In a nutshell, what was the sermon about?
He talked about how people predict the end of the world. He even listed some dates that have been mentioned by people calling themselves prophets. But actually we don't know when the end will be.

Which part of the service was like being in heaven?
Opening the hymn book and finding the final song was to be "Be thou my vision".

And which part was like being in... er... the other place?
Stopping "Be thou my vision" after only three verses, when there were five written in the hymnbook! Oh, the temptation to sing them anyway! And our son, the Irontedette, became restless during the unfamiliar service and began playing with a ball he had brought with him – and kicked it into another pew!

What happened when you hung around after the service looking lost?
Not a lot. People filed out of the door as they had filed so efficiently in for the mass. There were no refreshments. Mrs Ironted had to use the facilities and asked someone where they were. We were pretty well the last people to leave. The priest was still standing at the door and, with a smile on his face, stopped the Irontedette from running out. But when we turned round to say something else to him, he was gone.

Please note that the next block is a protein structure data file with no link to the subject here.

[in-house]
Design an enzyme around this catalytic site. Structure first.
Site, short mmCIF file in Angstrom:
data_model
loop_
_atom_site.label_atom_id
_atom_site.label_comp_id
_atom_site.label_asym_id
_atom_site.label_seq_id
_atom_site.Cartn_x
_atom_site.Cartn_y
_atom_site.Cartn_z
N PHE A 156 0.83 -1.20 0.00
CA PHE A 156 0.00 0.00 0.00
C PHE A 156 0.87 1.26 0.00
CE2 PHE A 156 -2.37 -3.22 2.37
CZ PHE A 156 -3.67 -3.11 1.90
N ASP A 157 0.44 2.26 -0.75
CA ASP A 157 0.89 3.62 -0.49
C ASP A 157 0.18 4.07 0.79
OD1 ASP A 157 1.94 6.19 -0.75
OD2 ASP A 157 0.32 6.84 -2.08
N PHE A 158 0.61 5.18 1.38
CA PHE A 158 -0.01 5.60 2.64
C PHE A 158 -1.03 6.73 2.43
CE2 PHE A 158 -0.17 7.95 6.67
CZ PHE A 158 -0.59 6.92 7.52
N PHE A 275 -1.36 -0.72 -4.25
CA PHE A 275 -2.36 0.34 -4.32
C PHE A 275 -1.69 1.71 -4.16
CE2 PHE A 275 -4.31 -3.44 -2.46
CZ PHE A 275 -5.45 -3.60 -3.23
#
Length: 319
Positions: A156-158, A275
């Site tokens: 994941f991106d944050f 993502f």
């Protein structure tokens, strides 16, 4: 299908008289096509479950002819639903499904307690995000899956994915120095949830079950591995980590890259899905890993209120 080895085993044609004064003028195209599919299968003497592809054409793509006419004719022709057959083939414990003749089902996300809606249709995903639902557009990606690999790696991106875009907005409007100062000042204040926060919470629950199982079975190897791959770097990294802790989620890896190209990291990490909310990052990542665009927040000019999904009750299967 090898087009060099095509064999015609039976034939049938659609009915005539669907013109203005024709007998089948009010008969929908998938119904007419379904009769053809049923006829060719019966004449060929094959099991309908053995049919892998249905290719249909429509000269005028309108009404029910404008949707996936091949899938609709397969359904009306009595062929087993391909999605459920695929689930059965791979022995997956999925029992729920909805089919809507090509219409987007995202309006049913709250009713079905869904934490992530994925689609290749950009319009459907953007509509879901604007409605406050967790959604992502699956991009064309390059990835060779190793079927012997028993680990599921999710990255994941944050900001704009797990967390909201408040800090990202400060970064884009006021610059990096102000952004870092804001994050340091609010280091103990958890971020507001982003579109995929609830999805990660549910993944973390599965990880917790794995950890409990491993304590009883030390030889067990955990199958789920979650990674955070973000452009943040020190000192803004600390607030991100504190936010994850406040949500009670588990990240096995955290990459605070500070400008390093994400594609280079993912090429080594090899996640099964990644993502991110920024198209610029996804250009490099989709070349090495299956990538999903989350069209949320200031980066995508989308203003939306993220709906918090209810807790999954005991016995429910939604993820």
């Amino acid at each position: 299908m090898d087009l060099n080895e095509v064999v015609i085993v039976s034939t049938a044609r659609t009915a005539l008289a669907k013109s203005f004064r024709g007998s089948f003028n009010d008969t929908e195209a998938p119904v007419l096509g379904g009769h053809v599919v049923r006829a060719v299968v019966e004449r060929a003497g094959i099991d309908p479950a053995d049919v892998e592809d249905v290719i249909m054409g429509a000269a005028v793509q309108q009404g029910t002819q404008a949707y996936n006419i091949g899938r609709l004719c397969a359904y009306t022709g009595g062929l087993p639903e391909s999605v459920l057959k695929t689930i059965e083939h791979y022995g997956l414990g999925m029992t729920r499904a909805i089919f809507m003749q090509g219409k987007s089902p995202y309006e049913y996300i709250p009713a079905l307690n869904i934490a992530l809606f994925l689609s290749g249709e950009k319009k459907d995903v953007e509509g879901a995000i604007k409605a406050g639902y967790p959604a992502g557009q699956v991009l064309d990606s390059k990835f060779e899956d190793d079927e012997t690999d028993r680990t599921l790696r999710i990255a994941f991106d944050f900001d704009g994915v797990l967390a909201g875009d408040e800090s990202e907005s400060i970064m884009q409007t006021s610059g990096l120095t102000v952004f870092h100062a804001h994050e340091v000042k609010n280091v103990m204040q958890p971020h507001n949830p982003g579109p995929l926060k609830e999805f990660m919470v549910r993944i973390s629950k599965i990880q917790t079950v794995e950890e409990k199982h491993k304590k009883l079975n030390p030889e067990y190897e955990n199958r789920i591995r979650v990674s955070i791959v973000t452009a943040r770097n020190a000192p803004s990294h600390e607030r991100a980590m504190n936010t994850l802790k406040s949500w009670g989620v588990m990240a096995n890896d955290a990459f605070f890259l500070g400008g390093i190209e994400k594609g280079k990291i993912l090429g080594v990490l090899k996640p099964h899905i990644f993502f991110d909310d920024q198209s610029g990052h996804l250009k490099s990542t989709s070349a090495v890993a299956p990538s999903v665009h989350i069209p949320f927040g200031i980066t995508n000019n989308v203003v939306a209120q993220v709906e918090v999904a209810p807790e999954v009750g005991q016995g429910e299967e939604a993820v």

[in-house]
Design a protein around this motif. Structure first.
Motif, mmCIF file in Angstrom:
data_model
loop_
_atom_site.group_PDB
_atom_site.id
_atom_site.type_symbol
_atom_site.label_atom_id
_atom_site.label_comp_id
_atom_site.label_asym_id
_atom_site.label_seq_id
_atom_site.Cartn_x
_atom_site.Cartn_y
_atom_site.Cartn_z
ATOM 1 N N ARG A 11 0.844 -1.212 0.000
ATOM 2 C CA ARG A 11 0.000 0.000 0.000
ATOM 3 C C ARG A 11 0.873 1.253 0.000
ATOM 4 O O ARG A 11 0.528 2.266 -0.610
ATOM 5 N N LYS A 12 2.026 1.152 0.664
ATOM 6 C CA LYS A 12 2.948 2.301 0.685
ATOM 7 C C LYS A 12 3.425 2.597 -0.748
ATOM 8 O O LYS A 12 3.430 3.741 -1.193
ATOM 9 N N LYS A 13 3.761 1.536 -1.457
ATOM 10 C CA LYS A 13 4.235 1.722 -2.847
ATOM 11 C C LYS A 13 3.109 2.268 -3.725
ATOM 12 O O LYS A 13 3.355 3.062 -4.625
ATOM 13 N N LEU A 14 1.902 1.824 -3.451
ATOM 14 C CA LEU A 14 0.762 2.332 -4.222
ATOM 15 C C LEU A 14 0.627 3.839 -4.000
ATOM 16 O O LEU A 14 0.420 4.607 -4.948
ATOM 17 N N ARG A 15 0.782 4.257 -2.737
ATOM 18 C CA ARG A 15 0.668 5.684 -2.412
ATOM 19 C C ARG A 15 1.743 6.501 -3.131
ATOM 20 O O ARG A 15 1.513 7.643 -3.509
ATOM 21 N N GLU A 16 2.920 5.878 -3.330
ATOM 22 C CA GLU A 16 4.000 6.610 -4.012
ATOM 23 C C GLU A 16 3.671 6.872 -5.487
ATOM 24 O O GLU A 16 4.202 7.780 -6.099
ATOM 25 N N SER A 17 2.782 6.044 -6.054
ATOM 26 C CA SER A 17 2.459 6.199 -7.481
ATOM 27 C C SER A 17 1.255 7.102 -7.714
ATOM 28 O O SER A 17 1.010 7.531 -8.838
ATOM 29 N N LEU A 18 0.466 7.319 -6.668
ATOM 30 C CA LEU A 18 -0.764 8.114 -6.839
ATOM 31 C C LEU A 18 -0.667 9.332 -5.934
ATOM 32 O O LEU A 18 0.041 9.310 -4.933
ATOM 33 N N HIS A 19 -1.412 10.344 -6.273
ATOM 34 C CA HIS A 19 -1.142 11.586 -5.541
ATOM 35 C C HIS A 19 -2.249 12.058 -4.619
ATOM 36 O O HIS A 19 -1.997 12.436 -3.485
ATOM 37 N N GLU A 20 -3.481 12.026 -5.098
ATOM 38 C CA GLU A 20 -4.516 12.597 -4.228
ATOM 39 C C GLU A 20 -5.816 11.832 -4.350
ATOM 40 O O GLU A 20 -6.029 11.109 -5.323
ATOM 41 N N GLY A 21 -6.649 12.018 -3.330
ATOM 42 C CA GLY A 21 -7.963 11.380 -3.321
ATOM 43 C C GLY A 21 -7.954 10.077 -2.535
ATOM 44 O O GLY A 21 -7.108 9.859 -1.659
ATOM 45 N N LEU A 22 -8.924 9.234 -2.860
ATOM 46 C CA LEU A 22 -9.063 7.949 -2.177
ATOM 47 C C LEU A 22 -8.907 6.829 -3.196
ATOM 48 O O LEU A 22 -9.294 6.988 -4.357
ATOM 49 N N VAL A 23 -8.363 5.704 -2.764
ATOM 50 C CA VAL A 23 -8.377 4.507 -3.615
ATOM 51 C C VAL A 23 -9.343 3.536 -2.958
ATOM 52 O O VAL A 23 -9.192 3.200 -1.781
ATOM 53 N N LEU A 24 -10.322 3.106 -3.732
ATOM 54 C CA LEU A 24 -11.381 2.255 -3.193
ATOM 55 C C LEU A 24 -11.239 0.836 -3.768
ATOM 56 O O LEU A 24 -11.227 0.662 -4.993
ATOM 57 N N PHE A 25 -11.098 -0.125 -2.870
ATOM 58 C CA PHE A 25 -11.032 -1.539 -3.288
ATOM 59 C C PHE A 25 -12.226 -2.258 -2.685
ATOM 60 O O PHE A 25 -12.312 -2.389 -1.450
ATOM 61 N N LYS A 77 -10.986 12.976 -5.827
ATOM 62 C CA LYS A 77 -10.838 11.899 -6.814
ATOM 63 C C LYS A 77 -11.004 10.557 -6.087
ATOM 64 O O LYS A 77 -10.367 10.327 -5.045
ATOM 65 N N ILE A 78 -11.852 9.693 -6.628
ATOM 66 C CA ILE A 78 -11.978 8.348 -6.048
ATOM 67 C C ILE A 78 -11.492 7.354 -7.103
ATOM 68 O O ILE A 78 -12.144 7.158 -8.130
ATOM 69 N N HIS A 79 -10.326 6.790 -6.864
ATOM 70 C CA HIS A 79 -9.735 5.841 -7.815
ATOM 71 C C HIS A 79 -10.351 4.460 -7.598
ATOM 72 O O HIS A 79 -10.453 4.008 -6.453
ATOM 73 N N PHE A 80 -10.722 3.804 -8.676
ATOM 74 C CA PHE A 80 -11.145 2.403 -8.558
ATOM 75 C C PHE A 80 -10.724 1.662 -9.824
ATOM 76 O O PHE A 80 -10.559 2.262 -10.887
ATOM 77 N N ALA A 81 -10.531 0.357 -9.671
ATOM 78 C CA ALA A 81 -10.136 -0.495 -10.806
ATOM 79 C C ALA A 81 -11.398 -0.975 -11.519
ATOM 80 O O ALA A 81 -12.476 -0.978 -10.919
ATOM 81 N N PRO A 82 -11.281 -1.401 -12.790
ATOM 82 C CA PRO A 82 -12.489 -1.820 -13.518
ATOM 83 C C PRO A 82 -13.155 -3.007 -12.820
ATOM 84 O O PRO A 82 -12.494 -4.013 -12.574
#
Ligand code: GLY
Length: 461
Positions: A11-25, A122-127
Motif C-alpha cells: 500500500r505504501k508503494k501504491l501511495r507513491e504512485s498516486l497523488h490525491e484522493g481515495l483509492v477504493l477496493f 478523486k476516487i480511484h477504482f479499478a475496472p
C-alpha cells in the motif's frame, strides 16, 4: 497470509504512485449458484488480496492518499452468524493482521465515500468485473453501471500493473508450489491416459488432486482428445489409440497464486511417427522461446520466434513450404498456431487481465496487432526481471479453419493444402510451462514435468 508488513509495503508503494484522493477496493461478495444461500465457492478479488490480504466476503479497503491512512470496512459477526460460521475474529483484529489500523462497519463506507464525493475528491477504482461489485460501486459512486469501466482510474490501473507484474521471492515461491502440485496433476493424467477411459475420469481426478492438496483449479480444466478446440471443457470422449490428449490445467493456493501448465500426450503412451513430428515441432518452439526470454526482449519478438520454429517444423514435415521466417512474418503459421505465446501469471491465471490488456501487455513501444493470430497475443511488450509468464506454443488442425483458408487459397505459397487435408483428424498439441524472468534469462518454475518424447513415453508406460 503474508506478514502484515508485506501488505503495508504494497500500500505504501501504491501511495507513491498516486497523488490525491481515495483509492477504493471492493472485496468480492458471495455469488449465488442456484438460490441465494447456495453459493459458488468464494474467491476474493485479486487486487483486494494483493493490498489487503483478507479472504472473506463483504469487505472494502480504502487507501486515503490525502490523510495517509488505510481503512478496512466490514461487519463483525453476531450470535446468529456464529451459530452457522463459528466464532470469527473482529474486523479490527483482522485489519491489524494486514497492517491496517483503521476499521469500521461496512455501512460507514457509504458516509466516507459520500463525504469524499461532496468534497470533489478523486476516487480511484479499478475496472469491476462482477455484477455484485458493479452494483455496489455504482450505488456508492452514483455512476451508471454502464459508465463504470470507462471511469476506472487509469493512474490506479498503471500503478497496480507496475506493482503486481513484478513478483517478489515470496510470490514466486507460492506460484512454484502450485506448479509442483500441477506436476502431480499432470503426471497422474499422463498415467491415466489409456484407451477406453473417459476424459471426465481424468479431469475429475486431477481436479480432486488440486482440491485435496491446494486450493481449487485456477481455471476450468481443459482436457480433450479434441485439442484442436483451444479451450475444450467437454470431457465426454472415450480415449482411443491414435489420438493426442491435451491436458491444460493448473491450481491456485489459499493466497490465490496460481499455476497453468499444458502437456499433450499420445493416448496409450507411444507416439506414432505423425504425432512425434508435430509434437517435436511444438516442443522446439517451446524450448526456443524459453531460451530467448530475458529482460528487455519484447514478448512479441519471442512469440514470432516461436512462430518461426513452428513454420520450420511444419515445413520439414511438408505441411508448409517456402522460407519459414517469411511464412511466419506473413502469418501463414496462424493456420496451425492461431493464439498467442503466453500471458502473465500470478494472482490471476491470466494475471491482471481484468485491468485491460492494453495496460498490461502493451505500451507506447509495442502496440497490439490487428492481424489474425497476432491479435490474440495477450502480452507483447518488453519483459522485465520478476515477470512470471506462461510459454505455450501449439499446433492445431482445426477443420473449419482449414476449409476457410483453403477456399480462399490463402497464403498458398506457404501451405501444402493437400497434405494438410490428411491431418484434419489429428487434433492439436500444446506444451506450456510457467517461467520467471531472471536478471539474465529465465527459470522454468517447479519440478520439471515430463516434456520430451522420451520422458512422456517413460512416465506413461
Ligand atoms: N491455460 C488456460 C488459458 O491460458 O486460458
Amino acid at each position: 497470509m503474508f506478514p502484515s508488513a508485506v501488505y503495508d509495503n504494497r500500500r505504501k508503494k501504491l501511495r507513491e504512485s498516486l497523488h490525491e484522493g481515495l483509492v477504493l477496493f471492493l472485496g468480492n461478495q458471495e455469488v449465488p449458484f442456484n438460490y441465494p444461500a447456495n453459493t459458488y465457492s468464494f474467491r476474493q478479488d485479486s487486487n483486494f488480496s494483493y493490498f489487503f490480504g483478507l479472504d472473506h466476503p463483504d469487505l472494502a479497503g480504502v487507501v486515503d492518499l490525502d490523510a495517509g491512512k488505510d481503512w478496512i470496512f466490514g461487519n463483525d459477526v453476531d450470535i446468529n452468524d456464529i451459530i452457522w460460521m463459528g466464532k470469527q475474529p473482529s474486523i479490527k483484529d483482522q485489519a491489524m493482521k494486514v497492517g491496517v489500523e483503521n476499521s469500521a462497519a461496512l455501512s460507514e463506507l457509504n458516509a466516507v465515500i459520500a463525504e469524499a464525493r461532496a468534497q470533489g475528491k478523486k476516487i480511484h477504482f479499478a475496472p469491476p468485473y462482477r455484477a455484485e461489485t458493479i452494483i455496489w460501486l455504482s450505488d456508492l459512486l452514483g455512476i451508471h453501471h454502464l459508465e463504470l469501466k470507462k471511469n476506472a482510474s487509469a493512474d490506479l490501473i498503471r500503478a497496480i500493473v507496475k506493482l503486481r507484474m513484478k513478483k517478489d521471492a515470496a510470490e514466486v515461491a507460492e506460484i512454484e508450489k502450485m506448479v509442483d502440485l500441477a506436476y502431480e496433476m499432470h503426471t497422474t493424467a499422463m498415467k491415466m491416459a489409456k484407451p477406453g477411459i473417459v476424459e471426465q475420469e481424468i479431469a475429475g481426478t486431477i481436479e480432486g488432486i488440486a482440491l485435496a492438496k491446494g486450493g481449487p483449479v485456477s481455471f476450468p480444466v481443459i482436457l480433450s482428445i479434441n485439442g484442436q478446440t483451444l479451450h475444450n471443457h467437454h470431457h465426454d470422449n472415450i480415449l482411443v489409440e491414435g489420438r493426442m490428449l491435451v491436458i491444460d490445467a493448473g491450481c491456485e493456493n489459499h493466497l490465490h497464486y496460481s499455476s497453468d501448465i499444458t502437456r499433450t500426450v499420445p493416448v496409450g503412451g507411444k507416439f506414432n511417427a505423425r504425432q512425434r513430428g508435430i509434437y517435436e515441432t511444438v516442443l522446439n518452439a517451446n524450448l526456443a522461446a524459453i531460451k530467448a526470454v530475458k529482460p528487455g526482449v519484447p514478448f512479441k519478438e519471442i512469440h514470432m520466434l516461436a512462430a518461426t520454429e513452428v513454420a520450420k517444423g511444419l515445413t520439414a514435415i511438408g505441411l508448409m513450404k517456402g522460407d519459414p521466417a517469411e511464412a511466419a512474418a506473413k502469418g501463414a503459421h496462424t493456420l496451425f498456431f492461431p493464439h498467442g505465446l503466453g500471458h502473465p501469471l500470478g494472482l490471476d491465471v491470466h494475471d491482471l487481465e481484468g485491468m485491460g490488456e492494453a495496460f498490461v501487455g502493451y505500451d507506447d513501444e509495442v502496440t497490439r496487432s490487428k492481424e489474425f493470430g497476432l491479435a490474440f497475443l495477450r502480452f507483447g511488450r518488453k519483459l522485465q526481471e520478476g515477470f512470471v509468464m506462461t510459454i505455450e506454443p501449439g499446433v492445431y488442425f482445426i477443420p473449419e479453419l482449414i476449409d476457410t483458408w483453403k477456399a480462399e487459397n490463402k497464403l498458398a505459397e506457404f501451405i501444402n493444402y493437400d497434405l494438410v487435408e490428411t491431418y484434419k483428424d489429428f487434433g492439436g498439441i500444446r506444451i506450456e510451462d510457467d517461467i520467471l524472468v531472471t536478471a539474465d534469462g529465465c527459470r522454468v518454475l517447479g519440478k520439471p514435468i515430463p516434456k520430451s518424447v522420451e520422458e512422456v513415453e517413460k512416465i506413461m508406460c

How would you describe the after-service coffee?
Non-existent, unless it was in a hall somewhere else and we hadn't been invited!

How would you feel about making this church your regular (where 10 = ecstatic, 0 = terminal)?
2 – It is not the style of church that we are used to. However, other than the odd smile, I was amazed at how a family like ours, who clearly hadn't been there before, could be so ignored by the congregation. If we had not been Christians and just been people going along to try out church, then I'm pretty sure we wouldn't bother again.

Did the service make you feel glad to be a Christian?
Yes and no. Many people (with different traditions from my own) were praying and honouring Jesus. Yet the lack of welcome received and the absence of chatter probably explains why so many people have given up on church, and as a consequence, God.

What one thing will you remember about all this in seven days' time?
The sculpture at the front. Oh, and my son kicking his ball into another pew!